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Looking for Mr. Goodbar (Washington Square Press.) Paperback – October 1, 1997

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Editorial Reviews

About the Author

Judith Rossner [1935–2005] was an American novelist, most famous for the bestseller, Looking for Mr. Goodbar (1975). A lifelong New Yorker, her books centered around the themes of urban alienation and gender relations.

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Product Details

  • Series: Washington Square Press.
  • Paperback: 400 pages
  • Publisher: Simon & Schuster (October 1, 1997)
  • Language: English
  • ISBN-10: 0671019015
  • ISBN-13: 978-0671019013
  • Product Dimensions: 5.3 x 1.1 x 8.2 inches
  • Shipping Weight: 1 pounds
  • Average Customer Review: 4.2 out of 5 stars  See all reviews (56 customer reviews)
  • Amazon Best Sellers Rank: #1,370,394 in Books (See Top 100 in Books)

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Customer Reviews

Most Helpful Customer Reviews

61 of 66 people found the following review helpful By A Customer on November 21, 1998
Format: Paperback
This was a disturbing book in many ways--not because of the subjectmatter or the storytelling, but because it reaches out to anyone who reads it, forcing them to confront their darker, hidden sides. As the story begins, Theresa Dunn is a 10-year-old child who comes from a large Irish Catholic family and frequently gets overlooked. The degree to which her parents pay her little attention while lavishing affection on her older sister, Katherine, is shocking, because Theresa's spine curvature could have been corrected immediately had they noticed. This, of course, adds to Theresa's self-loathing and her feeling that she is insignificant. The operation is a success, but Theresa is not quite the same. Katherine gets emotional and tells Theresa that she looked like she "came back from the dead". Theresa also has a slight limp to show for it, a constant reminder of her unimportance. From this point on, anyone who makes a reference to Theresa's limp, however casual, is basically striking Theresa in her most vulnerable place. Her failure to come to terms with her self-loathing eventually will lead to far more trouble in the future.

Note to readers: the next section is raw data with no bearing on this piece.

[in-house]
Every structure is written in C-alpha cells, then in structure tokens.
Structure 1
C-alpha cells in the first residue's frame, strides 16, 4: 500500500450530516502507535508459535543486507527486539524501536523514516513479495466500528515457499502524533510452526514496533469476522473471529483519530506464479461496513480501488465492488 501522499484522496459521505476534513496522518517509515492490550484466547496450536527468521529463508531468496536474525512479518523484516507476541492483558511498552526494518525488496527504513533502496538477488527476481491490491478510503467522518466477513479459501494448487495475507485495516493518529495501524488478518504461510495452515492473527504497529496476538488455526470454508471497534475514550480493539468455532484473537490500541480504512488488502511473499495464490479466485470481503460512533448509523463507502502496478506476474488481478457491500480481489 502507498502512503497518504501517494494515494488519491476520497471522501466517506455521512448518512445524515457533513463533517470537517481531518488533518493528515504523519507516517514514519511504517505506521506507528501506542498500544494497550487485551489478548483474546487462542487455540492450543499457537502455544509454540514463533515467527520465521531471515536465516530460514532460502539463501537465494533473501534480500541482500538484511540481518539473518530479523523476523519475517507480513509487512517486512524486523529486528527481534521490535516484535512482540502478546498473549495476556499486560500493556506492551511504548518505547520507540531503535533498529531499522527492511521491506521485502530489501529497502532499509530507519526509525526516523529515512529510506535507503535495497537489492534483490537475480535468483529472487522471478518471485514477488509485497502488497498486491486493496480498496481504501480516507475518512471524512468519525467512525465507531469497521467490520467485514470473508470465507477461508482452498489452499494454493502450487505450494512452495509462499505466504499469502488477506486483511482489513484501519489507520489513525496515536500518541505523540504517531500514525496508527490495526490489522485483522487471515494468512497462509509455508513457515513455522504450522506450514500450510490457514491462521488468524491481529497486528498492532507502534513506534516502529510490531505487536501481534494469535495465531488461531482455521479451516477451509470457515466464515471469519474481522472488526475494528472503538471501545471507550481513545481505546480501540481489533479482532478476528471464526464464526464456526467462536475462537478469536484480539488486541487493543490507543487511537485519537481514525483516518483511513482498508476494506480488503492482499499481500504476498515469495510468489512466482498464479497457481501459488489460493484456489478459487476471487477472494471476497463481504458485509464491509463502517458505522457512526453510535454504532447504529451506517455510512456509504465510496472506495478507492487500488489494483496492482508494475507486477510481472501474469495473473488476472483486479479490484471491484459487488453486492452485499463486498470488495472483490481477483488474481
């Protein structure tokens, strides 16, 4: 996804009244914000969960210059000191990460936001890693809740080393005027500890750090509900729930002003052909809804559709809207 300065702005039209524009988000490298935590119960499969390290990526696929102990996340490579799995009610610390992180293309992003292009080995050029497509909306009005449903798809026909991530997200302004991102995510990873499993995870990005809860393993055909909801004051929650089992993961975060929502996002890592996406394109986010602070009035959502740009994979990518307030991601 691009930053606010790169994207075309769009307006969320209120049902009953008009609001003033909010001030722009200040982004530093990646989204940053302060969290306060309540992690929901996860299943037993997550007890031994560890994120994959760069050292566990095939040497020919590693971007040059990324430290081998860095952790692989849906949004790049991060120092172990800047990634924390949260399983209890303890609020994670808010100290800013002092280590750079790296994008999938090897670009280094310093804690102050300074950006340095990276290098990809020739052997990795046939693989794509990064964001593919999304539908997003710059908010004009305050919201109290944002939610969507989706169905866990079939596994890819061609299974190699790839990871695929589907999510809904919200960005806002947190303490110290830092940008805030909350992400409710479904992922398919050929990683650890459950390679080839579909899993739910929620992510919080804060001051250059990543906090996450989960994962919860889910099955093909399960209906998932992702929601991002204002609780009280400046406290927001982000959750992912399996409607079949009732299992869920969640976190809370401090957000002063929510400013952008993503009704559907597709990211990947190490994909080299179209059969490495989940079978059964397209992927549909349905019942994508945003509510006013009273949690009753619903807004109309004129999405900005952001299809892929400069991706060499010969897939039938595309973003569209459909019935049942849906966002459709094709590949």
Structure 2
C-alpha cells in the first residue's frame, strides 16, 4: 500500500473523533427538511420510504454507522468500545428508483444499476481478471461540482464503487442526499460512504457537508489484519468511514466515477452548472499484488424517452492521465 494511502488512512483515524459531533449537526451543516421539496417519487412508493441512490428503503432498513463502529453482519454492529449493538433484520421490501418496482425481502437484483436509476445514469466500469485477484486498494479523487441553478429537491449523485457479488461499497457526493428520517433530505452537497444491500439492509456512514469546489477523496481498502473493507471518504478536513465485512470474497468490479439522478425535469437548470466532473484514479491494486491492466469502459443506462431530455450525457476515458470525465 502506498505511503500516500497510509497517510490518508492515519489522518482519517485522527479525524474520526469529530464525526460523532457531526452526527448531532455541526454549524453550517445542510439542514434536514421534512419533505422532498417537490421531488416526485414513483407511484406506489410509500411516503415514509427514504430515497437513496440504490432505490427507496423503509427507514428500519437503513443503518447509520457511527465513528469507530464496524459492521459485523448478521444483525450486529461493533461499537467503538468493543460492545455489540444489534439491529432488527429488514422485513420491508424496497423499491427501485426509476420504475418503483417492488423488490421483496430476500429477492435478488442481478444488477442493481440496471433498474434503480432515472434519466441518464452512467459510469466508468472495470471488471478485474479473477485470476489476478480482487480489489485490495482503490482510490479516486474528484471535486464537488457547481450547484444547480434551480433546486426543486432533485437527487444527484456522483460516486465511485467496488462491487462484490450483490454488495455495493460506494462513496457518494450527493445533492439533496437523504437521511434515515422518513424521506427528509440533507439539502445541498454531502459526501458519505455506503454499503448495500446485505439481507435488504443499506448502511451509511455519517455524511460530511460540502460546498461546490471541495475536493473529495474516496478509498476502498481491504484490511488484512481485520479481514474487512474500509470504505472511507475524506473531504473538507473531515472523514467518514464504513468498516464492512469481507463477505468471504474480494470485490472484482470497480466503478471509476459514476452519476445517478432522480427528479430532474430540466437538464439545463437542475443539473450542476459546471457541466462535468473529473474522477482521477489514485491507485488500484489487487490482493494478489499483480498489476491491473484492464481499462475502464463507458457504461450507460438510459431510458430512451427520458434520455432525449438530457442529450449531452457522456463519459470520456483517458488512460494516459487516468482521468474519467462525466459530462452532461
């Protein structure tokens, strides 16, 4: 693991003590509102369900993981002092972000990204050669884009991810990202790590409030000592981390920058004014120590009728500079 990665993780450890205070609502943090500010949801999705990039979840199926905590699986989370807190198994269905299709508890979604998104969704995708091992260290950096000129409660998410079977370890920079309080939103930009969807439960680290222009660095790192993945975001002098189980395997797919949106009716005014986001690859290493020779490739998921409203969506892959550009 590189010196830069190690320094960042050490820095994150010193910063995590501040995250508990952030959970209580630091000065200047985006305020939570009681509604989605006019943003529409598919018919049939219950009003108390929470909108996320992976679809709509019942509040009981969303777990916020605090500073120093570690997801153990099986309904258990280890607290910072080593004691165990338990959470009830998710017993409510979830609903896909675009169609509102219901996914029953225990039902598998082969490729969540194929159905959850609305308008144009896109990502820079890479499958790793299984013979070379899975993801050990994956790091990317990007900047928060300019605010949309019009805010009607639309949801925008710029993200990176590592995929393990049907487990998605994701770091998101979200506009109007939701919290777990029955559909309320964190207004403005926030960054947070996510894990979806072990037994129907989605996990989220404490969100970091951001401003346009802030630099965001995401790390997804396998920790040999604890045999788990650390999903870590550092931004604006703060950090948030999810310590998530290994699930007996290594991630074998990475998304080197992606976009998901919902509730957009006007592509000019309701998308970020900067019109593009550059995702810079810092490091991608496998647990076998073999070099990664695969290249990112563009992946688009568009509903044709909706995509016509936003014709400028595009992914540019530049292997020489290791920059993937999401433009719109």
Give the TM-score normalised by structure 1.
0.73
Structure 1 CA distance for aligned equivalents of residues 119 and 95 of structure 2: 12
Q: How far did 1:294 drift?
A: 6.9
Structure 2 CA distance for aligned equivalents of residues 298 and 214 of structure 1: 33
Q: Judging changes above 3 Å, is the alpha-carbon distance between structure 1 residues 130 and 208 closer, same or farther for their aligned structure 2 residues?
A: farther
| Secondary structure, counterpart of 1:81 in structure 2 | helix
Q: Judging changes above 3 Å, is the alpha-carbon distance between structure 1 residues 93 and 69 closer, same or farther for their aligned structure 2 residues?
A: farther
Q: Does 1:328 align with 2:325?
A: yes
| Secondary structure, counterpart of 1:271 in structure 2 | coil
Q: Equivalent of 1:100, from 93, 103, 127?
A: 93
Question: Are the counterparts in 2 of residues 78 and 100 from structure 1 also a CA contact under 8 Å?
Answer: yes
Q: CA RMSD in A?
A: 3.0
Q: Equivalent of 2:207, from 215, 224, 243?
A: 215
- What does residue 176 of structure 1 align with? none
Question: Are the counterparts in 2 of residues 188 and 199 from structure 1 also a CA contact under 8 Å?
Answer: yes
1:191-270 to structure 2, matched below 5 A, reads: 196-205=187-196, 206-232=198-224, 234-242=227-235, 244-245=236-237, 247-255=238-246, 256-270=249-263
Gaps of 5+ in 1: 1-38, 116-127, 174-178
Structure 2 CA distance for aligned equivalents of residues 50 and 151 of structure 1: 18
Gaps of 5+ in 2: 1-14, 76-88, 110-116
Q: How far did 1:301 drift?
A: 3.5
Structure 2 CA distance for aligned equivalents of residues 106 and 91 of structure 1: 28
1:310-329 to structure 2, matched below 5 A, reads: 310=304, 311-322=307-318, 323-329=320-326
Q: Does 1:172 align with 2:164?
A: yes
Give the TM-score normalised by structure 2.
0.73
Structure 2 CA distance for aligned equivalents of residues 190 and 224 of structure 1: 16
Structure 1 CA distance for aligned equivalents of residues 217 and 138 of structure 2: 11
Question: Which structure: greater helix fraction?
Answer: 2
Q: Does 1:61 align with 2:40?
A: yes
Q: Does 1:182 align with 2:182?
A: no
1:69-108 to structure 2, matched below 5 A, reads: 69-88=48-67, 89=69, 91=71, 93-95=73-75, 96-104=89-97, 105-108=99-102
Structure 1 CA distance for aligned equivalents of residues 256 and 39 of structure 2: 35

Theresa is still very much the good Catholic girl, however, and she still loves children. Her decision to become an elementary school teacher allows her to temporarily step into the role of "Mother" (nurturer) and "Father" (educator), to be simultaneously the parents she wished she had. It is during her college years that she meets Martin Engle, a sardonic English professor who will have a profound effect on her already shaky self-image. Martin is married, but he is still very much adored by his female students, and he does nothing to overtly discourage them.
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27 of 27 people found the following review helpful By Robert Beveridge HALL OF FAMEVINE VOICE on December 20, 2006
Format: Paperback
Judith Rossner, Looking for Mr. Goodbar (Washington Square Press, 1975)